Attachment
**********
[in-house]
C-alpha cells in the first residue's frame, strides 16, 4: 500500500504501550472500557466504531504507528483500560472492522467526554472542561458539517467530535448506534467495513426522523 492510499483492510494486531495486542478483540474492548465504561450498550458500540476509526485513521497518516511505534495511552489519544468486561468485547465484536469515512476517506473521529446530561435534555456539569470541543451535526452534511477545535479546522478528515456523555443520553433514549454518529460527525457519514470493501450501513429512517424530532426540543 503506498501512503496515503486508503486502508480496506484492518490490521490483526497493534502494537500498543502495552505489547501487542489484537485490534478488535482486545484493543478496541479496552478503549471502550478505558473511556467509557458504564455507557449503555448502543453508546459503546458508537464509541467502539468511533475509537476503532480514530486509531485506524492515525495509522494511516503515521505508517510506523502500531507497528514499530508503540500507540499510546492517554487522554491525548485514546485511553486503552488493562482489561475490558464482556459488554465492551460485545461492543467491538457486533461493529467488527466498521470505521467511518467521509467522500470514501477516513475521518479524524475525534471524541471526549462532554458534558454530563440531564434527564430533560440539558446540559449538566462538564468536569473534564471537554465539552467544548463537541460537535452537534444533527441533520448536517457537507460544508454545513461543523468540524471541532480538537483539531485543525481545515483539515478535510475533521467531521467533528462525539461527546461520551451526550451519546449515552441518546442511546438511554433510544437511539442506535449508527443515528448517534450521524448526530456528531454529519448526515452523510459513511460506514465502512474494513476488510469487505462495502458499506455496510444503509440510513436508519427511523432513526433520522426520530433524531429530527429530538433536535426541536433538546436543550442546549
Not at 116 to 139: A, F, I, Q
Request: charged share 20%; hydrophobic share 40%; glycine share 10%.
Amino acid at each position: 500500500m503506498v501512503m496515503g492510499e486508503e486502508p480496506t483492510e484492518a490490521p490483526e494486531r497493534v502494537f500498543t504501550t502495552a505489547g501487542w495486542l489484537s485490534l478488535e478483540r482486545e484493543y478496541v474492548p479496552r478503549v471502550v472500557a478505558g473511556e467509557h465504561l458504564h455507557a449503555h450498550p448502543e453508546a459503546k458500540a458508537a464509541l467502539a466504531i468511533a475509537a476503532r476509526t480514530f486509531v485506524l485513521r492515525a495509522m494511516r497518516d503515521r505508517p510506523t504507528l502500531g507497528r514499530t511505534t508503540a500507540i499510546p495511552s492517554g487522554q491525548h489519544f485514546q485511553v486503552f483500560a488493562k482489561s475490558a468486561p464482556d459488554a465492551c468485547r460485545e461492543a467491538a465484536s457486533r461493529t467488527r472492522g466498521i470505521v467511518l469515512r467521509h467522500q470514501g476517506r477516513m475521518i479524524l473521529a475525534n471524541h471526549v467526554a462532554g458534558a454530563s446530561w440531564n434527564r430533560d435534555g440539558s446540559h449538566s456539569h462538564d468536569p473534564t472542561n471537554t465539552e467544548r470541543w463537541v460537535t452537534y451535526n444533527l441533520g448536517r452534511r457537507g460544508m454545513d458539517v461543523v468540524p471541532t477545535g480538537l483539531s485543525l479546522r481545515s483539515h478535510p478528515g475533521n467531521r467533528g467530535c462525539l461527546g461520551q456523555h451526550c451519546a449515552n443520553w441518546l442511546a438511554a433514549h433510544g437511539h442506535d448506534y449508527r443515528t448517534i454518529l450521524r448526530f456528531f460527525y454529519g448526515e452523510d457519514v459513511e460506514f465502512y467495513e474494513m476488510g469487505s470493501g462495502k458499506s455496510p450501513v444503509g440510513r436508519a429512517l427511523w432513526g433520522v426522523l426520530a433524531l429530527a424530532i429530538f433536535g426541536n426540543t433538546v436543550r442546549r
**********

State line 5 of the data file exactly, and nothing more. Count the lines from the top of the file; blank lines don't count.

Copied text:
Amino acid at each position: 500500500m503506498v501512503m496515503g492510499e486508503e486502508p480496506t483492510e484492518a490490521p490483526e494486531r497493534v502494537f500498543t504501550t502495552a505489547g501487542w495486542l489484537s485490534l478488535e478483540r482486545e484493543y478496541v474492548p479496552r478503549v471502550v472500557a478505558g473511556e467509557h465504561l458504564h455507557a449503555h450498550p448502543e453508546a459503546k458500540a458508537a464509541l467502539a466504531i468511533a475509537a476503532r476509526t480514530f486509531v485506524l485513521r492515525a495509522m494511516r497518516d503515521r505508517p510506523t504507528l502500531g507497528r514499530t511505534t508503540a500507540i499510546p495511552s492517554g487522554q491525548h489519544f485514546q485511553v486503552f483500560a488493562k482489561s475490558a468486561p464482556d459488554a465492551c468485547r460485545e461492543a467491538a465484536s457486533r461493529t467488527r472492522g466498521i470505521v467511518l469515512r467521509h467522500q470514501g476517506r477516513m475521518i479524524l473521529a475525534n471524541h471526549v467526554a462532554g458534558a454530563s446530561w440531564n434527564r430533560d435534555g440539558s446540559h449538566s456539569h462538564d468536569p473534564t472542561n471537554t465539552e467544548r470541543w463537541v460537535t452537534y451535526n444533527l441533520g448536517r452534511r457537507g460544508m454545513d458539517v461543523v468540524p471541532t477545535g480538537l483539531s485543525l479546522r481545515s483539515h478535510p478528515g475533521n467531521r467533528g467530535c462525539l461527546g461520551q456523555h451526550c451519546a449515552n443520553w441518546l442511546a438511554a433514549h433510544g437511539h442506535d448506534y449508527r443515528t448517534i454518529l450521524r448526530f456528531f460527525y454529519g448526515e452523510d457519514v459513511e460506514f465502512y467495513e474494513m476488510g469487505s470493501g462495502k458499506s455496510p450501513v444503509g440510513r436508519a429512517l427511523w432513526g433520522v426522523l426520530a433524531l429530527a424530532i429530538f433536535g426541536n426540543t433538546v436543550r442546549r